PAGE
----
INCLUDEnyc Voices

New York City Council Oversight Hearing on School Busing

INCLUDEnyc submitted testimony on October 16, 2018 at a New York City Council's Education Committee oversight hearing on Department of Education’s Office of Pupil Transportation.


We would like to thank the New York City Council’s Education Committee for holding this important oversight hearing on the New York City Department of Education’s Office of Pupil Transportation.

We testify today to highlight the need for better quality and delivery of school transportation services for more than 100,000 students with disabilities in New York City. We believe there is a direct relationship between students with disabilities safely getting to school and home each day with the extent to which they make educational progress.

INCLUDEnyc (formerly Resources for Children with Special Needs) has worked with hundreds of thousands of individuals since our founding 35 years ago helping them navigate the complex special education service and support systems, so that young people with disabilities can be included in all aspects of New York City life.

We commend Mayor de Blasio and the Department of Education (DOE) on their recent efforts to address administrative issues, including ensuring that bus drivers undergo the same background checks and investigations as other school staff members. While this is progress, it is insufficient and we fully support the Council’s proposed resolution and bills that will provide more transparency and oversight of transportation services. Furthermore, we believe the creation and distribution of a school bus bill of rights is long overdue. Parents and students have a right to clear and understandable information about the school transportation process and ways to resolve issues. The current available information is totally incomprehensible.

Every year parents call INCLUDEnyc for help with resolving transportation issues, and during this September we had a 44% increase in the number of busing calls. However, none of the problems we heard is new. Persistent issues include: buses not showing up in the morning, buses arriving late in the morning and/or afternoon, students missing instruction and related services, parents feeling overwhelmed by bus problems and how to resolve them, the delay in assigning school bus routes, safety concerns, the temperature on the buses, a lack of sensitivity by school bus personnel, and the inability of parents to communicate with their child’s bus.

One father, whose first language is not English and who immigrated to this country, recently called INCLUDEnyc for help. He told us that he is still waiting for a bus route to be assigned to his physically disabled son seven weeks into the school year. OPT told him that they are waiting to receive his medical paperwork from the Office of Student Health. As a result, his son has only attended five days of school this year. The father's work schedule prevents him from taking his son to and from school each day. A student’s ability to be educated should not be dependent on whether or not parents are able to take their child to school.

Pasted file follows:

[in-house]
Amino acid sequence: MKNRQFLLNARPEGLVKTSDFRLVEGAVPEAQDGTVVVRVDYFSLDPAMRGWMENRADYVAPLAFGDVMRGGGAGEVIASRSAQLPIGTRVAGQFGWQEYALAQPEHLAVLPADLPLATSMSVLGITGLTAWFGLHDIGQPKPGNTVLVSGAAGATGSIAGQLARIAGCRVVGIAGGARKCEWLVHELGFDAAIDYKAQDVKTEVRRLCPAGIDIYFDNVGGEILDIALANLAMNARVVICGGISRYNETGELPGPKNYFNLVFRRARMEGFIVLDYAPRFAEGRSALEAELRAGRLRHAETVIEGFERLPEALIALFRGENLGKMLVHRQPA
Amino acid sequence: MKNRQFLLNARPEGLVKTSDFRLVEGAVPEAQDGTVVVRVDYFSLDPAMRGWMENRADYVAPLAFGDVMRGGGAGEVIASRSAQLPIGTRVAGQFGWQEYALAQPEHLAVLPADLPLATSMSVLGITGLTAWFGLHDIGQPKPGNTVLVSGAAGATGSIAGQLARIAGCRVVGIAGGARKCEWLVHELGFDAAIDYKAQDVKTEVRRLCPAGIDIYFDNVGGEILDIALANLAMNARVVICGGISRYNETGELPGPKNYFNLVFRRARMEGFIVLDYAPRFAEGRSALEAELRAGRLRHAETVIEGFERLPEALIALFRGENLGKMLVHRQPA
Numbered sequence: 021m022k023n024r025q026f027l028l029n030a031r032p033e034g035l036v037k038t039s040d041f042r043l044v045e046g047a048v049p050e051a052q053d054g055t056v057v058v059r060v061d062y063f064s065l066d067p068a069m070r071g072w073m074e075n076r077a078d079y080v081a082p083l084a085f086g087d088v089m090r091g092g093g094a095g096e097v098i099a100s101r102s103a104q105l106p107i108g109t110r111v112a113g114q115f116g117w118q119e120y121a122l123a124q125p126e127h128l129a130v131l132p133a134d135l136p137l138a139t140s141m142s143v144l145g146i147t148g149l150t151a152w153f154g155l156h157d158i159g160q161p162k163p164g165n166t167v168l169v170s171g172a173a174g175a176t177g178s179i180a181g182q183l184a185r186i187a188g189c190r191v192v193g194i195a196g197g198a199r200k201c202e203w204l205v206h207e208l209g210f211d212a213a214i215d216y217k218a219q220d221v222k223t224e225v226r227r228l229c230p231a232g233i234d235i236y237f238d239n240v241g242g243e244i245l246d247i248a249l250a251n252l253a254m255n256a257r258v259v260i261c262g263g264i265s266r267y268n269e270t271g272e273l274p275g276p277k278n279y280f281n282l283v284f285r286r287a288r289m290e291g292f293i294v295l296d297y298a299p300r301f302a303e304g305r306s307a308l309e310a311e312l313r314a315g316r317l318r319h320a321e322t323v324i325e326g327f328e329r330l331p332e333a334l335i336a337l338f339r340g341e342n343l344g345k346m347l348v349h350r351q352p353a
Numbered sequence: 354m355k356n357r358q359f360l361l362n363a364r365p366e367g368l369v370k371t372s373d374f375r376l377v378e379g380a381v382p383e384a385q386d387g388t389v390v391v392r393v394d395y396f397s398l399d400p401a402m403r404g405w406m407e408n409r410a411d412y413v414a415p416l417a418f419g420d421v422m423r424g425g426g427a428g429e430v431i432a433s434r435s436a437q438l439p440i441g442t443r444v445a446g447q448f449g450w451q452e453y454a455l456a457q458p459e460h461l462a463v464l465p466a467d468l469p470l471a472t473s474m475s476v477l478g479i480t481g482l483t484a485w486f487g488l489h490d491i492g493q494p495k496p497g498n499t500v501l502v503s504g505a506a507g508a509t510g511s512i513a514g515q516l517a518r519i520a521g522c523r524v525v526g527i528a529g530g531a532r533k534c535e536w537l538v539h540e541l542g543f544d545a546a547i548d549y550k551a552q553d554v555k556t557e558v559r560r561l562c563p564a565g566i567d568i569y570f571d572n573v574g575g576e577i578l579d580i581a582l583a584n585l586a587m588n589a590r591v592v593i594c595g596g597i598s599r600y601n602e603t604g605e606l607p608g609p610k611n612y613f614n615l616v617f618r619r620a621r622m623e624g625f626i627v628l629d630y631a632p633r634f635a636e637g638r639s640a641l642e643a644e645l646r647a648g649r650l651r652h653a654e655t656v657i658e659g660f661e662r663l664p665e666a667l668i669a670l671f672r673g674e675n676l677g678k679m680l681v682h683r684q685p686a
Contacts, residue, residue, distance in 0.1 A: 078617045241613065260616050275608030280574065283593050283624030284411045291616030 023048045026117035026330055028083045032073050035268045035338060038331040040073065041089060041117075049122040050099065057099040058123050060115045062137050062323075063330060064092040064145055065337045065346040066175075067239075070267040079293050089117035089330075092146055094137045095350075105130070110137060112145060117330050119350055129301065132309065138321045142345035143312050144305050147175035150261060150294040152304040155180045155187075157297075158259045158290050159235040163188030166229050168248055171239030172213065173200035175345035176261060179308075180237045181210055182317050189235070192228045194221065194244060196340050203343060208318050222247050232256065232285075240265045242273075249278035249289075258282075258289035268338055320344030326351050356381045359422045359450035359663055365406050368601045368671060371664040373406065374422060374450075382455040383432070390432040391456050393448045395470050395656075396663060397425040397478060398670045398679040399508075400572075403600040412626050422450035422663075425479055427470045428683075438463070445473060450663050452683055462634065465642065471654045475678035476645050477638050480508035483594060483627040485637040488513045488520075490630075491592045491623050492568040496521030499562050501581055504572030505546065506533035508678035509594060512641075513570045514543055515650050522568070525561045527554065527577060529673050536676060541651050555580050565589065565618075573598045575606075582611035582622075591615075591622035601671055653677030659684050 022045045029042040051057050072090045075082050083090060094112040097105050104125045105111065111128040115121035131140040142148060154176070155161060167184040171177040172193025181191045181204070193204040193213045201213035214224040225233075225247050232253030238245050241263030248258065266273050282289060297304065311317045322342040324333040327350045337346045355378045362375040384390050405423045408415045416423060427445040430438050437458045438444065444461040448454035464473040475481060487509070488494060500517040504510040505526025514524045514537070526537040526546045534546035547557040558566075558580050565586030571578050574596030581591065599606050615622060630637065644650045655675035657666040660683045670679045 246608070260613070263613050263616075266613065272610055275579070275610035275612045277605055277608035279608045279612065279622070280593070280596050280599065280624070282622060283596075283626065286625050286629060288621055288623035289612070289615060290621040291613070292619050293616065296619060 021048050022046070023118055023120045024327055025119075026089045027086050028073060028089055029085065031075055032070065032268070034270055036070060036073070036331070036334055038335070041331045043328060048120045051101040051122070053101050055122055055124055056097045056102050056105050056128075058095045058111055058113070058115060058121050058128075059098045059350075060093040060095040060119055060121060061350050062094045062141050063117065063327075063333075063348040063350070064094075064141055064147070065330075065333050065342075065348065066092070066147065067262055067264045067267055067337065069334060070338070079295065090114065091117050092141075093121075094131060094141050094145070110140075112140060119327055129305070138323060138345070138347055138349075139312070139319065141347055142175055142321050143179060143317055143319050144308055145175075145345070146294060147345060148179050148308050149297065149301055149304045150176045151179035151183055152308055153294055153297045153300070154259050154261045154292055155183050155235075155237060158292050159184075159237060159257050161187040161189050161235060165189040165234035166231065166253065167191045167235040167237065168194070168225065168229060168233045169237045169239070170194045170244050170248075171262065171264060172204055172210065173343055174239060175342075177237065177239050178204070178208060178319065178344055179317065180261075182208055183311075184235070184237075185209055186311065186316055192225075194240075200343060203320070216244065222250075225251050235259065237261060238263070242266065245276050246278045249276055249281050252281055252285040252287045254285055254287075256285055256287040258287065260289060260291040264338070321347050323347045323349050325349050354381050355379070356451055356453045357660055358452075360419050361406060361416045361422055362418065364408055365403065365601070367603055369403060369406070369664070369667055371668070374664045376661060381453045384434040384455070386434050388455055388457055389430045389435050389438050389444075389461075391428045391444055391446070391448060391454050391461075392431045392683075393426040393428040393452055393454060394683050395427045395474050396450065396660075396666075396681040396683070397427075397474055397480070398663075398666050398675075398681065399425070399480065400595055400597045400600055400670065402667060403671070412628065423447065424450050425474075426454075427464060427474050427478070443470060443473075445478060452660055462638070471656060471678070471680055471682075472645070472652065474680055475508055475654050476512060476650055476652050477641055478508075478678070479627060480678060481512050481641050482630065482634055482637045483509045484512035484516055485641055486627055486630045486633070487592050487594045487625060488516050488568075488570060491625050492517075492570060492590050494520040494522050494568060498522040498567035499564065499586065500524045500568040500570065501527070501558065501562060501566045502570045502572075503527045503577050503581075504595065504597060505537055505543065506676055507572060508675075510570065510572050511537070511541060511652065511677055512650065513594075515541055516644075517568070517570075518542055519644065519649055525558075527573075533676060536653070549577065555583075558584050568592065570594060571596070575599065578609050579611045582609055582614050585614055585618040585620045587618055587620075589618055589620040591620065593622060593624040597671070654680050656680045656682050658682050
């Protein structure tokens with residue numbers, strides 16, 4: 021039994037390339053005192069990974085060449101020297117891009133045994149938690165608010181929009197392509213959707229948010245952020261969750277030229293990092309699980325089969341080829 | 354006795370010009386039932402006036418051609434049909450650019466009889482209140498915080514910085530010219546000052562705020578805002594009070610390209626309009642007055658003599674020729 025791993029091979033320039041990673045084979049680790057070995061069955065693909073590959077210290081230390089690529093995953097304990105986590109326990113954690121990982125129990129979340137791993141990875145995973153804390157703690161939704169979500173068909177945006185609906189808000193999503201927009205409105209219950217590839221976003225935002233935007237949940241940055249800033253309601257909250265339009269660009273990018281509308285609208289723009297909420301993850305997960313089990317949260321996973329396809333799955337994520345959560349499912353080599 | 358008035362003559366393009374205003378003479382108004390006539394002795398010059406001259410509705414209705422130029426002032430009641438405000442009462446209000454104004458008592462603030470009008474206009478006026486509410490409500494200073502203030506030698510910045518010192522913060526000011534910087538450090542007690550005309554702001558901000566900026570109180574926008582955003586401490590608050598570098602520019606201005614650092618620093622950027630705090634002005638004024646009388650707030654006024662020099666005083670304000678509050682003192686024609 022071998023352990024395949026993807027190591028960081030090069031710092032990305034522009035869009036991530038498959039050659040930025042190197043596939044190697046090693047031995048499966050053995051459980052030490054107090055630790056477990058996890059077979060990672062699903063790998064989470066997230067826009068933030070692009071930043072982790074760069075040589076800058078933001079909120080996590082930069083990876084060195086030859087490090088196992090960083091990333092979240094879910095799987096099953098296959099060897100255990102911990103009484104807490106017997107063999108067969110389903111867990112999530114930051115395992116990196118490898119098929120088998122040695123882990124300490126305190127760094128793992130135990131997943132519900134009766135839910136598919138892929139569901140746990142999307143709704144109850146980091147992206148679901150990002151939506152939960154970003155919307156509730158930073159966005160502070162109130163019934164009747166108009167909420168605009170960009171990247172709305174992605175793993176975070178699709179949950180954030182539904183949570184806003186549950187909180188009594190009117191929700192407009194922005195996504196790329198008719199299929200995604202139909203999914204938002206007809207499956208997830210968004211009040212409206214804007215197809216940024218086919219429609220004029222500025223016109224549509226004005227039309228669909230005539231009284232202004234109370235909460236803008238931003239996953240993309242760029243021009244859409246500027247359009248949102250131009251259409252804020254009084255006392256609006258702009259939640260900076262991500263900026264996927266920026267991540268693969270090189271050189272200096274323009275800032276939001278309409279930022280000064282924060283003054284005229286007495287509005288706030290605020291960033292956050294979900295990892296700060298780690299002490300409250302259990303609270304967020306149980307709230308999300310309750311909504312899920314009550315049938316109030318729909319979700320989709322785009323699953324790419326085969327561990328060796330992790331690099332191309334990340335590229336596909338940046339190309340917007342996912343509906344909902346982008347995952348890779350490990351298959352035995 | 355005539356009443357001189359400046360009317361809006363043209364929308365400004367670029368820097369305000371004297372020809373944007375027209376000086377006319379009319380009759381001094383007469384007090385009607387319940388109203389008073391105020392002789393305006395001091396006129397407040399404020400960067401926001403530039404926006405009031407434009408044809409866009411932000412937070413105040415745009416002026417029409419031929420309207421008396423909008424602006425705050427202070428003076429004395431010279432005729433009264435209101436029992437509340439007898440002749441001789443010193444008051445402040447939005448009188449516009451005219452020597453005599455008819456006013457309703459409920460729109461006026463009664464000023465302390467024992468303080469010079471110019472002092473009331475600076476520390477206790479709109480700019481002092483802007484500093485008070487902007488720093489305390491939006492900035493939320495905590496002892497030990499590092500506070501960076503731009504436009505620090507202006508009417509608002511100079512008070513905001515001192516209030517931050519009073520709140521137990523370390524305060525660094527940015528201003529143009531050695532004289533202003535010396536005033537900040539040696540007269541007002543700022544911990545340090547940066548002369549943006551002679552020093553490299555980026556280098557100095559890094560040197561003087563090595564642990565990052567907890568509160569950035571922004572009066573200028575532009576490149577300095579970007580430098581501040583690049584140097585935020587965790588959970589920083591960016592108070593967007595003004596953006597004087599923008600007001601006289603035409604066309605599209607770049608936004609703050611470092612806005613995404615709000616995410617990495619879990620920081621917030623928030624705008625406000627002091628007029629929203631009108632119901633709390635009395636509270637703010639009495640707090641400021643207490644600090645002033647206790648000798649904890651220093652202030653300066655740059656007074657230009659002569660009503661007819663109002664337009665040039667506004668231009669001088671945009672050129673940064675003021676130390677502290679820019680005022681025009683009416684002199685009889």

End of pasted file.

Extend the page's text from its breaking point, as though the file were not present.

As a result of these persistent issues, we recommend the following:

  • Create a one-pager with visuals in multiple languages for parents that concisely outlines the escalation process for transportation issues and complements the school bill of rights
  • Require two-way radios or cell phones for drivers and bus attendants and parental access to the GPS on buses
  • Strengthen customer service at bus companies to reduce the wait time for answering phone calls and require them to have interpretation services available to families who speak languages other than English
  • Allocate funds to invest in technology that would allow school-based data management systems to communicate with OPT
  • Require the DOE’s Division of Contracts to include quality criteria, such as safety records, vehicle inspection, and timely service delivery in RFPs and prescribe a weight to them in the formula used to award contracts
  • Update Chancellor Transportation Regulations A-801 (last updated in 1990) so language reflects current organizational structure of the DOE and real-time information
  • Mandate disability training conducted by disability experts for bus drivers, attendants, and paraprofessionals

Thank you for taking the time to consider this important matter. We look forward to partnering with you to improve equity and access for all students with disabilities.

Sincerely,

Barbara A. Glassman
Executive Director


- Lori

Follow Lori on Twitter: @Podvesker